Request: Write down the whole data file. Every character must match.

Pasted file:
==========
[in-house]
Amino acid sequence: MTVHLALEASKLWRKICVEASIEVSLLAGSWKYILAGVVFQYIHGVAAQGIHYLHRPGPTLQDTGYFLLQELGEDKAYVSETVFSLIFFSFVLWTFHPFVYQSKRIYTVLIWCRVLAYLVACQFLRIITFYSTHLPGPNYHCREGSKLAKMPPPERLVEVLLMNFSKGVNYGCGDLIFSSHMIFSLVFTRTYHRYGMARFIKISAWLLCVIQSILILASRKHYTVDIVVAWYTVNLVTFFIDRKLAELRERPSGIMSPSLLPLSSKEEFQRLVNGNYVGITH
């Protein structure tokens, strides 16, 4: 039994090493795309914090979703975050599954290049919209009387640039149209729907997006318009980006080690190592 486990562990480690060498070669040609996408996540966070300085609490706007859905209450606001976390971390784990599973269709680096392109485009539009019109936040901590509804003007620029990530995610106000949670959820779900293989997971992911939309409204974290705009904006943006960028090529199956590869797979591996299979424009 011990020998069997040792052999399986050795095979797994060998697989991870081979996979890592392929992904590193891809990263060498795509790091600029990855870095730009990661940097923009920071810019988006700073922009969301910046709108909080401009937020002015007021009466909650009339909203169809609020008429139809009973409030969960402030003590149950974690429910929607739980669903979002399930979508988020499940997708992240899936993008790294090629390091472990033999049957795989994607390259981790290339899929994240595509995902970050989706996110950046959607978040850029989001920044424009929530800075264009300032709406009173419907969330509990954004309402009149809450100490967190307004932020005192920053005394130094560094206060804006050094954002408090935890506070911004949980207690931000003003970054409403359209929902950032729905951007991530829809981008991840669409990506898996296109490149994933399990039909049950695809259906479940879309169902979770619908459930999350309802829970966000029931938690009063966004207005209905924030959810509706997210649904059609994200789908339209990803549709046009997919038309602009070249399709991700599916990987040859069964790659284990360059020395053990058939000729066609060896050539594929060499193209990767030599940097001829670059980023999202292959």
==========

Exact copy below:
[in-house]
Amino acid sequence: MTVHLALEASKLWRKICVEASIEVSLLAGSWKYILAGVVFQYIHGVAAQGIHYLHRPGPTLQDTGYFLLQELGEDKAYVSETVFSLIFFSFVLWTFHPFVYQSKRIYTVLIWCRVLAYLVACQFLRIITFYSTHLPGPNYHCREGSKLAKMPPPERLVEVLLMNFSKGVNYGCGDLIFSSHMIFSLVFTRTYHRYGMARFIKISAWLLCVIQSILILASRKHYTVDIVVAWYTVNLVTFFIDRKLAELRERPSGIMSPSLLPLSSKEEFQRLVNGNYVGITH
């Protein structure tokens, strides 16, 4: 039994090493795309914090979703975050599954290049919209009387640039149209729907997006318009980006080690190592 486990562990480690060498070669040609996408996540966070300085609490706007859905209450606001976390971390784990599973269709680096392109485009539009019109936040901590509804003007620029990530995610106000949670959820779900293989997971992911939309409204974290705009904006943006960028090529199956590869797979591996299979424009 011990020998069997040792052999399986050795095979797994060998697989991870081979996979890592392929992904590193891809990263060498795509790091600029990855870095730009990661940097923009920071810019988006700073922009969301910046709108909080401009937020002015007021009466909650009339909203169809609020008429139809009973409030969960402030003590149950974690429910929607739980669903979002399930979508988020499940997708992240899936993008790294090629390091472990033999049957795989994607390259981790290339899929994240595509995902970050989706996110950046959607978040850029989001920044424009929530800075264009300032709406009173419907969330509990954004309402009149809450100490967190307004932020005192920053005394130094560094206060804006050094954002408090935890506070911004949980207690931000003003970054409403359209929902950032729905951007991530829809981008991840669409990506898996296109490149994933399990039909049950695809259906479940879309169902979770619908459930999350309802829970966000029931938690009063966004207005209905924030959810509706997210649904059609994200789908339209990803549709046009997919038309602009070249399709991700599916990987040859069964790659284990360059020395053990058939000729066609060896050539594929060499193209990767030599940097001829670059980023999202292959």